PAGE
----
Hillel's Tech Corner: Performing CPR like in the movies

Device uses simple beeping mechanism that lets user know to stop applying pressure, press harder

March 22, 2019 12:10
3 minute read.
Hillel's Tech Corner: Performing CPR like in the movies

BEATY IS a real time CPR feedback device that allows every person, regardless of their medical knowledge, to provide effective chest compressions. (photo credit: Courtesy)


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Company: Medical Feedback Technologies
Founded: 2017
Founders: Udi Nakar, Slav Gaft
Employees: 6
Capital Raised: $370,000

Who among us has not watched someone perform CPR on TV or in the movies? Have you ever wondered, if you found yourself in such a situation, whether you would be able to actually resuscitate a human being? Spoiler alert: you would not.

While they make it look very simple on TV, the truth is when you’re pushing down on the patient’s chest, what you’re in essence doing is massaging the heart, thereby getting the blood flowing again. Between the outside of a person’s body, and their heart, there are bones and flesh. What that means is that in order to massage the heart, you have to apply a significant amount of pressure in order to achieve the depth necessary to massage the heart. If you don’t go deep enough, you will have achieved nothing. If you go too deep, press too hard, you will break bones.

Cardiovascular disease is known to be the leading cause of death worldwide. In the US alone there are more than 400,000 cases of cardiac arrest each year. In Israel, every eight minutes someone is having a cardiac event. The hard truth is that 88% of these cases happen out of hospital and usually to people who are close to us – our friends, neighbors or even a family member.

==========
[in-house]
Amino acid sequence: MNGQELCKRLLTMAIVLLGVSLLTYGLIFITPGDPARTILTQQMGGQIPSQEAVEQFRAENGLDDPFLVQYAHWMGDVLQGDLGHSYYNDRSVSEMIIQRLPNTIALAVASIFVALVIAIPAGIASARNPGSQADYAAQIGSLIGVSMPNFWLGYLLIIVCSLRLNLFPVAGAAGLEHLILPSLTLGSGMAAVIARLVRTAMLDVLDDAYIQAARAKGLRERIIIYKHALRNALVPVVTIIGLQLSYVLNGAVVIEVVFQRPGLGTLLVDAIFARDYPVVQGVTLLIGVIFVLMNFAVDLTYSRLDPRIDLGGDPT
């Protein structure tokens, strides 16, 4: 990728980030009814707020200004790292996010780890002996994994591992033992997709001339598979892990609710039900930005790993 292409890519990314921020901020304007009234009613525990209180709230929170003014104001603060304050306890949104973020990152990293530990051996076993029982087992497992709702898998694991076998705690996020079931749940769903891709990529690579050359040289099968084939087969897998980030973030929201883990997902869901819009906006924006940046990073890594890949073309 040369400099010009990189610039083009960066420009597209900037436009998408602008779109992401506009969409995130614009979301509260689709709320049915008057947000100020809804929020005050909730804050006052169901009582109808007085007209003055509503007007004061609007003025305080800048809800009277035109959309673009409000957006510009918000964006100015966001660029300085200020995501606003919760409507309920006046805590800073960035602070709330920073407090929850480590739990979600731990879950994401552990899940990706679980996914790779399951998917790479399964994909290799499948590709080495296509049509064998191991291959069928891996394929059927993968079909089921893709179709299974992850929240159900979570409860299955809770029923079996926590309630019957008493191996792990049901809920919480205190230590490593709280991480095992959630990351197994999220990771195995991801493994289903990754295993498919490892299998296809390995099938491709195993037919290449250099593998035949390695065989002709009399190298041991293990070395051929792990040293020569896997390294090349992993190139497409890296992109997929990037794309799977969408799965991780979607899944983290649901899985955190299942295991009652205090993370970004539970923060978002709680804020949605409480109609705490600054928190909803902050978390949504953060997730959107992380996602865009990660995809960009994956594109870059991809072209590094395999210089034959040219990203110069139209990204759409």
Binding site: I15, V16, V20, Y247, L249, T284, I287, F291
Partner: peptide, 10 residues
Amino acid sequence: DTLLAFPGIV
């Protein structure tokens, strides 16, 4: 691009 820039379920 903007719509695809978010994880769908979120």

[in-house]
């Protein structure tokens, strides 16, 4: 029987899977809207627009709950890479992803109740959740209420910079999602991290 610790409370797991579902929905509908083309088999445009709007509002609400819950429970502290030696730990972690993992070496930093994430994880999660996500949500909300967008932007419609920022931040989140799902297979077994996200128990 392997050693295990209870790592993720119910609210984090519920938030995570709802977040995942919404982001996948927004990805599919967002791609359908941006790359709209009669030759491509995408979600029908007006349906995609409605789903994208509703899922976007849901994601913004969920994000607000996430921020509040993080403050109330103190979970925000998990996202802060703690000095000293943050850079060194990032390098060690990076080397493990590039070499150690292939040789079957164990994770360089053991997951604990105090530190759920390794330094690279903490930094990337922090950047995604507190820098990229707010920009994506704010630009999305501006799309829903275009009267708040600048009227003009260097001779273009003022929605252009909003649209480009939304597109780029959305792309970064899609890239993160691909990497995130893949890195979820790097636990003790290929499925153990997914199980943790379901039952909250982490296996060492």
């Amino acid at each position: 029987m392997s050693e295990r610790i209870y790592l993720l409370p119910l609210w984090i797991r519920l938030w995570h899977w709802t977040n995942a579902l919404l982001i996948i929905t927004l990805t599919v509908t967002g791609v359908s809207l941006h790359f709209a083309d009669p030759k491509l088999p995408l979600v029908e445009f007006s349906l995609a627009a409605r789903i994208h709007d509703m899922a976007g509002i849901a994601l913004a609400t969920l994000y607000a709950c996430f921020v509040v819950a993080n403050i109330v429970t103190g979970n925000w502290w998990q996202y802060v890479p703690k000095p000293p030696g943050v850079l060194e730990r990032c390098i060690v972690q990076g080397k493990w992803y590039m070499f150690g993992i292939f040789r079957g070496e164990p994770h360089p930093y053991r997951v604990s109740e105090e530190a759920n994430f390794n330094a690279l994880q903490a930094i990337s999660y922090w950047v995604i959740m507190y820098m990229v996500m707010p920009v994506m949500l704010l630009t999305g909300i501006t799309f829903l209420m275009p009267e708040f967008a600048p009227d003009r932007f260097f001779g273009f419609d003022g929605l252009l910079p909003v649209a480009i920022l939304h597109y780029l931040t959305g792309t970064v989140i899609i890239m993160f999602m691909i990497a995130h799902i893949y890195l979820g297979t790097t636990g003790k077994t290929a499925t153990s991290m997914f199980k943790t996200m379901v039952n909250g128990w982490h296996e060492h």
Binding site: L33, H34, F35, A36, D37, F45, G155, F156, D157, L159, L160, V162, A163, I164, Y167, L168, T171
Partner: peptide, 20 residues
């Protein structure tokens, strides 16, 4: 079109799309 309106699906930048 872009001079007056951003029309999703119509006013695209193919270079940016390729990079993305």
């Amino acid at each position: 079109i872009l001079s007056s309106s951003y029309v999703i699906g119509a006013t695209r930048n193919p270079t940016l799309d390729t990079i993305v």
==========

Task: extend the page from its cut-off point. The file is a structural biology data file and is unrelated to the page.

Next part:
During cardiac arrest, the heart stops from beating, oxygen supply to the organs ceases and within four to six minutes the damage to the brain is irreversible.

Meet Beaty, by Medical Feedback Technologies – a small device you can literally carry around on your key chain. It is a real time CPR feedback device that allows every person, regardless of their medical knowledge, to provide effective chest compressions. Beaty is applied on the patient’s chest and compressions are made on top of it. Audible feedback is provided when you reach the correct compression depth thus providing enough oxygen to the brain.

Using off-the-shelf sensors, the team was able to manufacture the device, which notifies users when they have reached the necessary depth. Throughout the iterations of Beaty, they have simplified the feedback loop to minimize confusion in a high-tension situation. No fancy screens, or anything else that would overwhelm you as you are trying to save a life. A simple beeping mechanism that lets you know to stop applying pressure or to press harder.

Medical Feedback Technologies was founded in April 2017 by Udi Nakar, Slav Gaft, Prof. Kobi George, and Moshe Bardea, and is based in Rishon Lezion, has six employees and has sold 35,000 devices worldwide. The company has raised less than half a million dollars to date, and has managed to operate in a very lean environment by minimizing manufacturing and distribution costs.

While 73% of the Americans feel helpless in doing CPR, with Beaty, every untrained (and trained) person will be able to perform effective chest compression in real-time situation. The device costs approximately $35.

The company’s product has been listed in Europe (CE mark) and in the US (FDA listing) and is already being sold in Benelux, the US, Australia and South Africa. In a few weeks, Beaty will be available in Israel, Australia, Germany, New Zealand, South Africa, Spain, Denmark, Finland, Hungary, Switzerland, Italy, Poland, India, Canada, Greece, Czech Republic, Slovenia, Thailand, Portugal and other countries.

The company has recently introduced another innovative training device, “Sheldon,” which transforms CPR training mannequins into “smart” mannequins and has more products in the pipeline that should all help rescuers effectively act when encountering a medical emergency.

CPR is the kind of thing you don’t have the opportunity to perform too many times in your life. Having this device on you, when lightning strikes, can literally be the difference between life and death. It doesn’t get much easier to save a life, than to carry around something on your key chain.

To learn more about Beaty, visit https://www.imbeaty.com/

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